The Colour Chart of Community Art: Encounters and everyday magic presents six projects through interviews with participants, analyses arrived at through research, and the ideas of the artists themselves. The projects were realised in the local area around the Saari Residence in Mynämäki.
Each project was showcased as a room in an imaginary house. Each room had a colour: the red room exhibited The Saari Sirens, the orange room exhibited The Bridge of Roses, the green room exhibited The House of Sorrow, the turquoise room exhibited The Rococo Grunge Caramel, the blue room exhibited The Blue Angels and the violet room exhibited Community Art Summer Well Workshops. The book presents community art projects realised in 2012–2014.
“The community art projects allowed us to use art to meet new people and see new places and events. The shared objectives and plans enabled us to think about and process different opinions and seek solutions together. Behind the pieces of community art were the experiences and knowledge of each participant. We learnt about a number of new ideas and operating methods, and the insights from the process reached beyond everyday realities. Although the projects were significant in themselves, presenting the works added to their value,” says Pia Bartsch when talking about the book The Colour Chart of Community Art.
“Hundreds of people were involved in these projects, and they all gave their time and energy. Together, we tried to make the world a little bit better. It is our wish that readers will also benefit from our joys, sorrows, laughter and innovations,” Bartsch continues.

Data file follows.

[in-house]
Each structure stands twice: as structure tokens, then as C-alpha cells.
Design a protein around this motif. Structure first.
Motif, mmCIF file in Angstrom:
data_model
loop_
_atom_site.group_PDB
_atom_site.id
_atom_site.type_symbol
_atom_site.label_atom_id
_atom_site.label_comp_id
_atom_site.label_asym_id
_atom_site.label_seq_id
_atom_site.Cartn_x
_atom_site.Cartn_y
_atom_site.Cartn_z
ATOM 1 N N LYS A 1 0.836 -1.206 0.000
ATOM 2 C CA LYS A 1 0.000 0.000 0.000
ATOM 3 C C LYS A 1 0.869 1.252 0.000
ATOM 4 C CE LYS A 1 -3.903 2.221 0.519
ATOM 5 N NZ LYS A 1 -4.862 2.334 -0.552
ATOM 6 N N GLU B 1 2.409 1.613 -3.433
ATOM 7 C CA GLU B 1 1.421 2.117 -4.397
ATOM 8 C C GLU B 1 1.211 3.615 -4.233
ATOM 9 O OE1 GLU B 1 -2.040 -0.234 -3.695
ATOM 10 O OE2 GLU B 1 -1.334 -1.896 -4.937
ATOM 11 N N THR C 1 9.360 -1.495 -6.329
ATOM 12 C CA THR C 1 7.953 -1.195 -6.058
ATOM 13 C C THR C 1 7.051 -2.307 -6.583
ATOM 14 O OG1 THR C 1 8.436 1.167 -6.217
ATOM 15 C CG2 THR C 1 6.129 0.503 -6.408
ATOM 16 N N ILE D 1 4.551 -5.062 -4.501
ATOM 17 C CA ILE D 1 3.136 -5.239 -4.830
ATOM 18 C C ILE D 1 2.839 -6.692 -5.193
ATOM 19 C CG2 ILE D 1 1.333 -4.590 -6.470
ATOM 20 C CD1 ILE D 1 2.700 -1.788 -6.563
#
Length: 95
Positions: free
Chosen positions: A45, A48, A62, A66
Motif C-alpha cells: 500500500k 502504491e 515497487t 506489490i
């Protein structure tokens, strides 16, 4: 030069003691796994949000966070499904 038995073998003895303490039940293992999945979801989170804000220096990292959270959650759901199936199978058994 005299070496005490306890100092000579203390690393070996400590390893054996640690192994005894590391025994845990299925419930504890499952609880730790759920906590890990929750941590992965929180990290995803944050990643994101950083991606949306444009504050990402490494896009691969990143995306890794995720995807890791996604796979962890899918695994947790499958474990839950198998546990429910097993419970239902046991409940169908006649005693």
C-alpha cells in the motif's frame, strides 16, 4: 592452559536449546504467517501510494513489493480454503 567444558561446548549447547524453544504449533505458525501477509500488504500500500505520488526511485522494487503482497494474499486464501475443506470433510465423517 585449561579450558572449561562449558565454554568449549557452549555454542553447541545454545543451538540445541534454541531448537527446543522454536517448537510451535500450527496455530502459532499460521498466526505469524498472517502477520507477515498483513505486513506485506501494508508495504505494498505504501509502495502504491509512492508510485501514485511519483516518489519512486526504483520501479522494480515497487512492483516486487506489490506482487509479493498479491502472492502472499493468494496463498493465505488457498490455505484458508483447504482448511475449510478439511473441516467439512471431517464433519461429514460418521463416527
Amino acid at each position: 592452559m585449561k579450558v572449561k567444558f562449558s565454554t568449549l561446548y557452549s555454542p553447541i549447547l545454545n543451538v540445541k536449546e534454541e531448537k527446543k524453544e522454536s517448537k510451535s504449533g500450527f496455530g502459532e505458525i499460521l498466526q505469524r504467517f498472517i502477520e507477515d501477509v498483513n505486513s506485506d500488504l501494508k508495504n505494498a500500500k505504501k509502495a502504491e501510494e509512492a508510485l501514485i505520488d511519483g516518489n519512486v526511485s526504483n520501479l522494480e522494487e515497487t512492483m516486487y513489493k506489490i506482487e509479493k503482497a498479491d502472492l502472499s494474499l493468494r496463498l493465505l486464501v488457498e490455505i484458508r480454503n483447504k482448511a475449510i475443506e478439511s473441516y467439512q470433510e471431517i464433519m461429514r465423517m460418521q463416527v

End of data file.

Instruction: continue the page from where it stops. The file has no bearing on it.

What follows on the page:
The Saari Sirens gave voice to women of the baby boomer generation. The group was made up of 13 local retired women who each told the story of her life in a flower festival organised for them. The Bridge of Roses was a graffiti knitting work of community art prepared in the summer of 2012 by more than 30 women. The House of Sorrow was a house created on the Manor grounds in the spring and summer of 2013 that offered a place for participants in sorrow workshops to leave their sorrows in the hands of nature. Carnivalistic Rococo Grunge Caramel was based on the idea of a tableaux vivant – living pictures performance in which participants imitated a famous painting or sculpture by staying completely still. With her participants, Pia Bartsch aimed to create a rugged, modern interpretation of a rococo-spirited work of art and take it one step further than the film Marie Antoinette by Sofia Coppola. The Blue Angels provided an insight into the significance of Juko, the local factory that manufactured agricultural machines, through the working-life memories of four men. The Community Art Summer Well Workshops invited Finnish and international artists to the Saari Residence for two weeks in the summer of 2013 to work on four art projects in the local area. The event ended with a seminar in Turku where the artists presented the basics of community art.